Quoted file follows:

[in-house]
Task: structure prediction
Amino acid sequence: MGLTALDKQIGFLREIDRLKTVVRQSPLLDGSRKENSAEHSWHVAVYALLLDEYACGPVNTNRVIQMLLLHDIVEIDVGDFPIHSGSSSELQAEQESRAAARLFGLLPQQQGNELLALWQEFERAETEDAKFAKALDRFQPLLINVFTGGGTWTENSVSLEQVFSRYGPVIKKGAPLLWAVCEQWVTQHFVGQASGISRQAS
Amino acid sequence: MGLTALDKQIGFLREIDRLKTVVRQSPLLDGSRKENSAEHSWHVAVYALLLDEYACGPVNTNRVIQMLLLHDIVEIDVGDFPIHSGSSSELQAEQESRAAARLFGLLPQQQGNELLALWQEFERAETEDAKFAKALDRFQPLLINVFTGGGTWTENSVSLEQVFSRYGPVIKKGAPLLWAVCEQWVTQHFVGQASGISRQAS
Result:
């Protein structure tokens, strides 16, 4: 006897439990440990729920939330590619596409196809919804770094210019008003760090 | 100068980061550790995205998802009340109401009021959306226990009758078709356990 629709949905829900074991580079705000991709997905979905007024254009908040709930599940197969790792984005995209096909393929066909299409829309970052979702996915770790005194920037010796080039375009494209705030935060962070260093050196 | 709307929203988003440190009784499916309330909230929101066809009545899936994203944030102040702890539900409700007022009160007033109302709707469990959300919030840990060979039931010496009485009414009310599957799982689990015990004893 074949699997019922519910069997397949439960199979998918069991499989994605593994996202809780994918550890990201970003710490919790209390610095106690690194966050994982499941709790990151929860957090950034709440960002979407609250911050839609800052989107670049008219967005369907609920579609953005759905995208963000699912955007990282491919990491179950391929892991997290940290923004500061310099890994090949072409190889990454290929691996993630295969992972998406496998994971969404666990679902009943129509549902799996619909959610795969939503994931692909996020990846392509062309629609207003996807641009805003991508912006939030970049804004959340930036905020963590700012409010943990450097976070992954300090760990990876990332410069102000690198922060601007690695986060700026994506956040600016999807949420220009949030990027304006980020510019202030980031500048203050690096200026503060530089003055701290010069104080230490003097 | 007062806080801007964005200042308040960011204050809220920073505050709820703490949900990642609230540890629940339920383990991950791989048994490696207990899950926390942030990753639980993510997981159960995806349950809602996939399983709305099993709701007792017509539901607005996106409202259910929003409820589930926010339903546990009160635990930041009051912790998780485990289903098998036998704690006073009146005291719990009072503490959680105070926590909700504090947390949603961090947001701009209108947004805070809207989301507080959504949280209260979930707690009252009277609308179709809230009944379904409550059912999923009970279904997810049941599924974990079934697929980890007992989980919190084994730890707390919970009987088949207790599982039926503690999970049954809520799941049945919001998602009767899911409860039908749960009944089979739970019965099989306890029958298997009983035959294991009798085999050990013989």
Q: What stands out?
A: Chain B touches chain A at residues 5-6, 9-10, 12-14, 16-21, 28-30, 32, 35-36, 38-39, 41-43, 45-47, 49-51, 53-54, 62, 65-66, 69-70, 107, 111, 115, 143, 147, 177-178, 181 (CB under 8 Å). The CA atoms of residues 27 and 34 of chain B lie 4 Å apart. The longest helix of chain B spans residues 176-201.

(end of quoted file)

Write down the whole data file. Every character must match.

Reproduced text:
[in-house]
Task: structure prediction
Amino acid sequence: MGLTALDKQIGFLREIDRLKTVVRQSPLLDGSRKENSAEHSWHVAVYALLLDEYACGPVNTNRVIQMLLLHDIVEIDVGDFPIHSGSSSELQAEQESRAAARLFGLLPQQQGNELLALWQEFERAETEDAKFAKALDRFQPLLINVFTGGGTWTENSVSLEQVFSRYGPVIKKGAPLLWAVCEQWVTQHFVGQASGISRQAS
Amino acid sequence: MGLTALDKQIGFLREIDRLKTVVRQSPLLDGSRKENSAEHSWHVAVYALLLDEYACGPVNTNRVIQMLLLHDIVEIDVGDFPIHSGSSSELQAEQESRAAARLFGLLPQQQGNELLALWQEFERAETEDAKFAKALDRFQPLLINVFTGGGTWTENSVSLEQVFSRYGPVIKKGAPLLWAVCEQWVTQHFVGQASGISRQAS
Result:
């Protein structure tokens, strides 16, 4: 006897439990440990729920939330590619596409196809919804770094210019008003760090 | 100068980061550790995205998802009340109401009021959306226990009758078709356990 629709949905829900074991580079705000991709997905979905007024254009908040709930599940197969790792984005995209096909393929066909299409829309970052979702996915770790005194920037010796080039375009494209705030935060962070260093050196 | 709307929203988003440190009784499916309330909230929101066809009545899936994203944030102040702890539900409700007022009160007033109302709707469990959300919030840990060979039931010496009485009414009310599957799982689990015990004893 074949699997019922519910069997397949439960199979998918069991499989994605593994996202809780994918550890990201970003710490919790209390610095106690690194966050994982499941709790990151929860957090950034709440960002979407609250911050839609800052989107670049008219967005369907609920579609953005759905995208963000699912955007990282491919990491179950391929892991997290940290923004500061310099890994090949072409190889990454290929691996993630295969992972998406496998994971969404666990679902009943129509549902799996619909959610795969939503994931692909996020990846392509062309629609207003996807641009805003991508912006939030970049804004959340930036905020963590700012409010943990450097976070992954300090760990990876990332410069102000690198922060601007690695986060700026994506956040600016999807949420220009949030990027304006980020510019202030980031500048203050690096200026503060530089003055701290010069104080230490003097 | 007062806080801007964005200042308040960011204050809220920073505050709820703490949900990642609230540890629940339920383990991950791989048994490696207990899950926390942030990753639980993510997981159960995806349950809602996939399983709305099993709701007792017509539901607005996106409202259910929003409820589930926010339903546990009160635990930041009051912790998780485990289903098998036998704690006073009146005291719990009072503490959680105070926590909700504090947390949603961090947001701009209108947004805070809207989301507080959504949280209260979930707690009252009277609308179709809230009944379904409550059912999923009970279904997810049941599924974990079934697929980890007992989980919190084994730890707390919970009987088949207790599982039926503690999970049954809520799941049945919001998602009767899911409860039908749960009944089979739970019965099989306890029958298997009983035959294991009798085999050990013989």
Q: What stands out?
A: Chain B touches chain A at residues 5-6, 9-10, 12-14, 16-21, 28-30, 32, 35-36, 38-39, 41-43, 45-47, 49-51, 53-54, 62, 65-66, 69-70, 107, 111, 115, 143, 147, 177-178, 181 (CB under 8 Å). The CA atoms of residues 27 and 34 of chain B lie 4 Å apart. The longest helix of chain B spans residues 176-201.